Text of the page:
When it is needed in bundles, it is offered in sliver. The power crisis that the people in Kashmir face during winters seem to be a matter of fate. It looks like that people here are destined to live in darkness, no matter the place is gifted naturally with water that can generate enough electricity for its residents. Well, that is now a trite debate, and people seem to have lost the belief that one day they can have 24 hour power supply in winters. It looks like a dream that can not be discussed even in a dream.
What the people living here do expect is scheduled power cuts. At least if the department sticks to a schedule devised by the department itself, people would be thankful to the officials. But till now we have seen that power outages don’t follow any schedule. It is as chaotic as it can be. Not just this, the voltage is dismally low. It makes rooms look dark even when the bulbs are on.
In this situation, when winter chill has gripped the valley, people are suffering hugely. This time around people don’t need electricity just for the purpose of lighting, but more importantly, to heat up the spaces. The living becomes nearly impossible when there is low voltage electricity, and when the power outage schedule is absent. The original and eternal argument on why we can’t have a reliable, and sufficient, power supply may be a matter for some other day; right now people are asking just one question; where is the power outage schedule and why the concerned department doesn’t stick to it.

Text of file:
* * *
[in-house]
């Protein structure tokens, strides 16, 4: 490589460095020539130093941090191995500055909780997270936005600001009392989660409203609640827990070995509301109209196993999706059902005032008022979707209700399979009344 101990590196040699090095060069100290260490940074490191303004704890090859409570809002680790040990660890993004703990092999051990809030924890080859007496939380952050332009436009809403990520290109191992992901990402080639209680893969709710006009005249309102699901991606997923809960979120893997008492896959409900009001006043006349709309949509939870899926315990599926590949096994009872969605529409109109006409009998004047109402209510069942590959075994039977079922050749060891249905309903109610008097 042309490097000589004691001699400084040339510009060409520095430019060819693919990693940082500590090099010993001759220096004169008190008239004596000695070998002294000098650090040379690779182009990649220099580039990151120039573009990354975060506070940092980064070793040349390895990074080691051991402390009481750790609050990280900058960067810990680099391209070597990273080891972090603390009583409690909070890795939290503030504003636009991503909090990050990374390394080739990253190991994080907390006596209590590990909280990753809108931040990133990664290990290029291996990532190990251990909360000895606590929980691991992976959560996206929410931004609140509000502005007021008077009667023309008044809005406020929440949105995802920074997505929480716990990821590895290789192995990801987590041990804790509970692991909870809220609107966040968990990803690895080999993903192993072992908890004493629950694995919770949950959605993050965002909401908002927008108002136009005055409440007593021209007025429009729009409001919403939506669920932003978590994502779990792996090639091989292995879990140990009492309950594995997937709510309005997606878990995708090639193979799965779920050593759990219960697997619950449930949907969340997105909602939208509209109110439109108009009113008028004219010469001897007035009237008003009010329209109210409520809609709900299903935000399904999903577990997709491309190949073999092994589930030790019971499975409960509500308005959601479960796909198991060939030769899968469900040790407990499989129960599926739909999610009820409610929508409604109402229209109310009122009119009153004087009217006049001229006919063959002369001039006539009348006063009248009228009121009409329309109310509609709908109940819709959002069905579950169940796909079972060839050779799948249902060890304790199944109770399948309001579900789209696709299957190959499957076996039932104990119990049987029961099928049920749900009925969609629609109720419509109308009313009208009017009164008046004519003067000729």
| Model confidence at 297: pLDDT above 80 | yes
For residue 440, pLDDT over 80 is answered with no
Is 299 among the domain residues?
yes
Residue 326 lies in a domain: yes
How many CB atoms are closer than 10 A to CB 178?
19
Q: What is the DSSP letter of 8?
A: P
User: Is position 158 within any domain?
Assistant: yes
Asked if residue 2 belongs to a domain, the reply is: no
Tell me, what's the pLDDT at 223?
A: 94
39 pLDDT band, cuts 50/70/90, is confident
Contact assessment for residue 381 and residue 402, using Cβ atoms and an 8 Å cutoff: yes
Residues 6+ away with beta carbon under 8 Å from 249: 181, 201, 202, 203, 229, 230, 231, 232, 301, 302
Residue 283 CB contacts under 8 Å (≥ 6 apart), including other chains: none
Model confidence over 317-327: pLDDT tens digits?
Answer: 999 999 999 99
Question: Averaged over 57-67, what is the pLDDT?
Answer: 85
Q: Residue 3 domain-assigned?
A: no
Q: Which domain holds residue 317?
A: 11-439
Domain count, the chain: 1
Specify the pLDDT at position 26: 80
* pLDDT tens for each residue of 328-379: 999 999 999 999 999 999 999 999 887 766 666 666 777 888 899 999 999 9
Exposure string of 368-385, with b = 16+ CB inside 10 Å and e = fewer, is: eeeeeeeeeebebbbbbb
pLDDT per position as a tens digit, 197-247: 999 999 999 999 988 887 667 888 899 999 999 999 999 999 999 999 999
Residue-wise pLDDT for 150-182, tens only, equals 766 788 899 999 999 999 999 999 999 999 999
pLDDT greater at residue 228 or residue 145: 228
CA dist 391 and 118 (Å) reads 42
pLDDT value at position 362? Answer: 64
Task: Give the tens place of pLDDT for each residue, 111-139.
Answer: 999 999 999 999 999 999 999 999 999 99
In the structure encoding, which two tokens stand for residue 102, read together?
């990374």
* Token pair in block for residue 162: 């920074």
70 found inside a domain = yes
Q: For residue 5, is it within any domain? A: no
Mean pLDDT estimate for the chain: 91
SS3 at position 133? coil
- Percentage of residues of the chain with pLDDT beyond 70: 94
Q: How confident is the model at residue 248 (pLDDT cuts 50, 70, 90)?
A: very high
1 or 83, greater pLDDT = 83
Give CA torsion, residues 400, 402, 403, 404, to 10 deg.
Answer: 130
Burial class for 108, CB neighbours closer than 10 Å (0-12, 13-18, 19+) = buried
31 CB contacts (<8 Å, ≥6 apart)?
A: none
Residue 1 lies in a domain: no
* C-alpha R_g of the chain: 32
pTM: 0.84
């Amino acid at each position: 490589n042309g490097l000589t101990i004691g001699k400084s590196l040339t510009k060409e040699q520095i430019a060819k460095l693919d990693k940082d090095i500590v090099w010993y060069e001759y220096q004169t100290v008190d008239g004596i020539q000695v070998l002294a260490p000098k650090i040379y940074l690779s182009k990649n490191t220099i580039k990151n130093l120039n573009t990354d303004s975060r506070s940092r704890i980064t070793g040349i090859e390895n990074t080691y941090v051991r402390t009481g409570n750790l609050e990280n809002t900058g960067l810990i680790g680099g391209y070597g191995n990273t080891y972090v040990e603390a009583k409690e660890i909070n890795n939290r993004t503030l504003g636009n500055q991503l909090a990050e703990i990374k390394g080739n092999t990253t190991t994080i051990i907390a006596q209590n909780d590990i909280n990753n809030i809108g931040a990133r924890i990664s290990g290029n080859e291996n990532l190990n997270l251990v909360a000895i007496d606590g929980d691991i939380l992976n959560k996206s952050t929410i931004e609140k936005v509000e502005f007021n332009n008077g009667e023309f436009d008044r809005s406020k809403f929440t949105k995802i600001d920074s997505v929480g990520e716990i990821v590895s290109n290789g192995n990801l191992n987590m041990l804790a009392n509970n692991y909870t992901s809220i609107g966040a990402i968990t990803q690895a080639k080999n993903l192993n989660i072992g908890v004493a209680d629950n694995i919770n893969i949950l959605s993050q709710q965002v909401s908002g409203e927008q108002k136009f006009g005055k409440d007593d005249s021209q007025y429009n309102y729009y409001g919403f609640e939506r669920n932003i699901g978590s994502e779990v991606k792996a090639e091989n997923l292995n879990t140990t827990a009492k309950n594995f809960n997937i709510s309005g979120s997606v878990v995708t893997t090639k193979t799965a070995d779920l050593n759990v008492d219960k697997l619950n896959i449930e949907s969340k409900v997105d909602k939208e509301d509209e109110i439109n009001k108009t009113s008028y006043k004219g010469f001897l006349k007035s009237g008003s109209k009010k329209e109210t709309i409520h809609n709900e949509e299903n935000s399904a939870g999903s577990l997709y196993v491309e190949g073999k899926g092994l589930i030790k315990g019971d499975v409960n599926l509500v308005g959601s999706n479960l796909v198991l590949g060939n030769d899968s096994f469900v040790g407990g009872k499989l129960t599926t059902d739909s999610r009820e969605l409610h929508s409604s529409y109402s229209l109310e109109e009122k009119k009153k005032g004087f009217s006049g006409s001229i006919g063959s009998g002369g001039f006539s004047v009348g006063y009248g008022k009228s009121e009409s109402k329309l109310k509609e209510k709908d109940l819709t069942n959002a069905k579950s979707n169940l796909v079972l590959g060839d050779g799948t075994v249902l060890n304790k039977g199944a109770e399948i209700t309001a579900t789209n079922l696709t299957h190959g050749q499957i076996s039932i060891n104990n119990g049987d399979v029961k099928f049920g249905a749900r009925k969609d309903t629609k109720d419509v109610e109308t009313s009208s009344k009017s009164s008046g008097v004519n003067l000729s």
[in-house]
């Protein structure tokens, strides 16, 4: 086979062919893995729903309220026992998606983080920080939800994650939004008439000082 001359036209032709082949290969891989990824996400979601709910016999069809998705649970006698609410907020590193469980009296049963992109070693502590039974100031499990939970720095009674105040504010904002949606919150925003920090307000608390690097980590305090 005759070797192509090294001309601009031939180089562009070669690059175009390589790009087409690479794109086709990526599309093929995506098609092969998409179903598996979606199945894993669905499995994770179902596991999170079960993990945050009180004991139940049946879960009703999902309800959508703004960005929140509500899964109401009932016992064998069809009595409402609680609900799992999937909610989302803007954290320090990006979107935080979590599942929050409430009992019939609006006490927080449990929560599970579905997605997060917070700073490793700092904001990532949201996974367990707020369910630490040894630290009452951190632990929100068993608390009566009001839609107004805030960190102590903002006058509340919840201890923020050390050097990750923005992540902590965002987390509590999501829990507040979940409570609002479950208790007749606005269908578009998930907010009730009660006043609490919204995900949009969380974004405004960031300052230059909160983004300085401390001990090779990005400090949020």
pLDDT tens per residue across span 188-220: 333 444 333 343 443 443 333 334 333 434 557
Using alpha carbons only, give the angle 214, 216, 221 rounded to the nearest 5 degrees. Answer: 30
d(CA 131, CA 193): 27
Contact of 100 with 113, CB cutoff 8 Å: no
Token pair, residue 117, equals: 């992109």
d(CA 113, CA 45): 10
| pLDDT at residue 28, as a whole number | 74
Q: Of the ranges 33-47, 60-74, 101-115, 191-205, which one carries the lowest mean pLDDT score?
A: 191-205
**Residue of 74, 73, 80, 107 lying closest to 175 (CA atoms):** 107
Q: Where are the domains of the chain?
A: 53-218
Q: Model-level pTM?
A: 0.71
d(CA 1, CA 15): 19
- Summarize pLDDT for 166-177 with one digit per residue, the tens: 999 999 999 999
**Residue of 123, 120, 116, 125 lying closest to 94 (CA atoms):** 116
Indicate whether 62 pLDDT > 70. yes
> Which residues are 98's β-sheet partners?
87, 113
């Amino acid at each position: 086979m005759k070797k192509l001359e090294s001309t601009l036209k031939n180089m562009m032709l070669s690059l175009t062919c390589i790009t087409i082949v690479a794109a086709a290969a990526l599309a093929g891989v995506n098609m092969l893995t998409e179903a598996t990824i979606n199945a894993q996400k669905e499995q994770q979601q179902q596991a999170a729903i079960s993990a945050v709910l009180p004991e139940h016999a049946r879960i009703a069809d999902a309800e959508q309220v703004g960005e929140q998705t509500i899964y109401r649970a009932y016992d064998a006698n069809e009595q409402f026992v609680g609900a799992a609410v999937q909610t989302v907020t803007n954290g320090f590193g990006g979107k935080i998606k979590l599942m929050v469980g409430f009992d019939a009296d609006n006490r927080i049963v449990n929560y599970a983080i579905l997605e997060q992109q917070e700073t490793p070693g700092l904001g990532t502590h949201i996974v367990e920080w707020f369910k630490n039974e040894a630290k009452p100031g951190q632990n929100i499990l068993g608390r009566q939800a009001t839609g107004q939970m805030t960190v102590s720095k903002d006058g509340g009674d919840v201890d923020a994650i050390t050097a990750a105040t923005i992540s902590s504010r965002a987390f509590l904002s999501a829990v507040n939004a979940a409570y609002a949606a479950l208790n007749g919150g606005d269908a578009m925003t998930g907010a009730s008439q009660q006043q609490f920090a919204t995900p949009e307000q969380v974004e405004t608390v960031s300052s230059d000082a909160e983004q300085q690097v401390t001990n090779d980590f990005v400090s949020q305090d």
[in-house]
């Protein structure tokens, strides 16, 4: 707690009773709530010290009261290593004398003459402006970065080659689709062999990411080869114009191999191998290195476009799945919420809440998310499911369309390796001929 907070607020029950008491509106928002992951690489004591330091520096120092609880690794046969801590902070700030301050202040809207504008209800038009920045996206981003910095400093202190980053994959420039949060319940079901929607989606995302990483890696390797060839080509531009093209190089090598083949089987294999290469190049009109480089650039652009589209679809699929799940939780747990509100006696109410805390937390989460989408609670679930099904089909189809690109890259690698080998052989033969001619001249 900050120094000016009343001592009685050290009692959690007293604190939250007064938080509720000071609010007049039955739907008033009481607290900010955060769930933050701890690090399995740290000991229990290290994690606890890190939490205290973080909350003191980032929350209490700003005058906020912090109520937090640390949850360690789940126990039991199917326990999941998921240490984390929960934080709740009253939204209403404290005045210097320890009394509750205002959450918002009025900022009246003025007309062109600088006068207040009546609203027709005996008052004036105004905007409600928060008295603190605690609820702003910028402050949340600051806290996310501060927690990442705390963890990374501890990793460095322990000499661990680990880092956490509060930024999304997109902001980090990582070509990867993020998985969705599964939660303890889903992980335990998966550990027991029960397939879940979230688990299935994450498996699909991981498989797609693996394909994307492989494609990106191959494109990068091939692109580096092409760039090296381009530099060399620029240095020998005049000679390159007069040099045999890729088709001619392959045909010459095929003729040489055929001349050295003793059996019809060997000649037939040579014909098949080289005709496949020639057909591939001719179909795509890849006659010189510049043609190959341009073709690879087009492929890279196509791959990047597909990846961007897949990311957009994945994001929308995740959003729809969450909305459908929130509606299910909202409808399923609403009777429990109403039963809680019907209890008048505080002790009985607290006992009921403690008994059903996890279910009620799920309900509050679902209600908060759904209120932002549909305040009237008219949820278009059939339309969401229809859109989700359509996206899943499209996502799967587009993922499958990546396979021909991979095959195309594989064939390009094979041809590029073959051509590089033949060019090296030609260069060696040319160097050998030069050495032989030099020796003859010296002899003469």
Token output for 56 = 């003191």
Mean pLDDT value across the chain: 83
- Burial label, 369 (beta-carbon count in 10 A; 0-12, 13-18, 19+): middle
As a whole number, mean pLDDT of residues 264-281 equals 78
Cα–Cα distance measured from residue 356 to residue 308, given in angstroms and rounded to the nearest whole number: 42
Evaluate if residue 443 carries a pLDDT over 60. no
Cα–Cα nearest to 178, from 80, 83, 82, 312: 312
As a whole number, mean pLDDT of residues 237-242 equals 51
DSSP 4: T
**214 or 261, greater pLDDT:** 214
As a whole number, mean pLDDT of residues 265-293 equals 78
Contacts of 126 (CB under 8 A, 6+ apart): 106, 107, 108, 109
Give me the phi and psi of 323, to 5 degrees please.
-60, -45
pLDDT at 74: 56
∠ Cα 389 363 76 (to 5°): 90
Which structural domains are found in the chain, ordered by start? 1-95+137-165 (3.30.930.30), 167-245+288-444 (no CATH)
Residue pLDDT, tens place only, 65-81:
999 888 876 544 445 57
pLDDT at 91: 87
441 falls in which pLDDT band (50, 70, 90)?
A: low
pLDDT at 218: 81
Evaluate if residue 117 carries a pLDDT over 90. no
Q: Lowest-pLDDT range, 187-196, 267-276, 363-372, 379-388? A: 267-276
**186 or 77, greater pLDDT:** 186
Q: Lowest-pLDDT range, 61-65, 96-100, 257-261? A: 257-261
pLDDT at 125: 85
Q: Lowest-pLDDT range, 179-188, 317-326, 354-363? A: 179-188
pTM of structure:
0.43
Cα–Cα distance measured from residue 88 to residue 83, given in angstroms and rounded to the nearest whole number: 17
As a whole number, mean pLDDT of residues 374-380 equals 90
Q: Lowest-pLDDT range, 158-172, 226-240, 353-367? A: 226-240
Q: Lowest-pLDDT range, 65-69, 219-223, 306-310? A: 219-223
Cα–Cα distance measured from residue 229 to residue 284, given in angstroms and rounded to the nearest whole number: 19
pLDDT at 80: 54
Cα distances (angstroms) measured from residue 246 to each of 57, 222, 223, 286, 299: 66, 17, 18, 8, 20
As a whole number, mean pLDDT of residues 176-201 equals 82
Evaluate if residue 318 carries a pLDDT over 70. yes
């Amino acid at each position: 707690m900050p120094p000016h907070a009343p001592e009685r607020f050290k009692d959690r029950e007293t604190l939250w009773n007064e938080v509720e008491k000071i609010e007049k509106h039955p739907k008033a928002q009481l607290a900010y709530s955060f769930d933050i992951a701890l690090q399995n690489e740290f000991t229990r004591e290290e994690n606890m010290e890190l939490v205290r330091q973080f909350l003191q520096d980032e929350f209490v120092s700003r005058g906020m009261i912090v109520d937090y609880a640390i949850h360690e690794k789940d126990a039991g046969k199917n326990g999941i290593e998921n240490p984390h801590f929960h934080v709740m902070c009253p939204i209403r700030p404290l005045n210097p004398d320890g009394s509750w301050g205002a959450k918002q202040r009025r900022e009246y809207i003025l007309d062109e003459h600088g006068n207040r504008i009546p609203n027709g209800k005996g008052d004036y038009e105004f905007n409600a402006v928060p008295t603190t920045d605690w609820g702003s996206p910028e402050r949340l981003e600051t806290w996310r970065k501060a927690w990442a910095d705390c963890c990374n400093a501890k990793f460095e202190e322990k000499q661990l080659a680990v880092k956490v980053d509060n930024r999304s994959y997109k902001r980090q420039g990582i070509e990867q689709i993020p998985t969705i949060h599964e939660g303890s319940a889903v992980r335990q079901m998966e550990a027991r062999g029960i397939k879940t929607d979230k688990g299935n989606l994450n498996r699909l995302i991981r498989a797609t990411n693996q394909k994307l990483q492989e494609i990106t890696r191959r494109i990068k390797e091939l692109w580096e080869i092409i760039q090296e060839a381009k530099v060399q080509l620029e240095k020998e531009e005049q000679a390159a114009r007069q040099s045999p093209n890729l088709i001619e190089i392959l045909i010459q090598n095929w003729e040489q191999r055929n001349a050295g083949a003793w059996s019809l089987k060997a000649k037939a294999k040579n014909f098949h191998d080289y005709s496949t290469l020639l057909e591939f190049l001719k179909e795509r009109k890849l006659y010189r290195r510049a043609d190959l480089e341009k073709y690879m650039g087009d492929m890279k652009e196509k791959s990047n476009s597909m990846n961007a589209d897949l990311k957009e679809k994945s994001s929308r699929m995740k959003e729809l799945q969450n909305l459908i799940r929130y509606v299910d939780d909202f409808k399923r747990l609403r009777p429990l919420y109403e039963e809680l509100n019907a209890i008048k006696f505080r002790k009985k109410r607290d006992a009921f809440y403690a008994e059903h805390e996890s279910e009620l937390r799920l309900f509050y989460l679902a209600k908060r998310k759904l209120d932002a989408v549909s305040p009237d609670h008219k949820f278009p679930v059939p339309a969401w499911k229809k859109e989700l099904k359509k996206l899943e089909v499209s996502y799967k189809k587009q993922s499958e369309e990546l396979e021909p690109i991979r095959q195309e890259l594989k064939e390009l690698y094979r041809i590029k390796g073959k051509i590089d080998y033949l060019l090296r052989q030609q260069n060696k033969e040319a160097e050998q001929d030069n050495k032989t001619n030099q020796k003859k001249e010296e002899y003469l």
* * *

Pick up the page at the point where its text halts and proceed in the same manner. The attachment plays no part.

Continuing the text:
After all it is a perennial problem, and there is no extra work needed to find out a solution to it. The practice of framing a schedule is so old, and one could have expected from the department to follow some timetable – at the least. The long term problems of power generation, power transmission, pilferage, and fee collection can be taken up later. For the time, ensure scheduled cuts and a minimum voltage that makes gadgets work.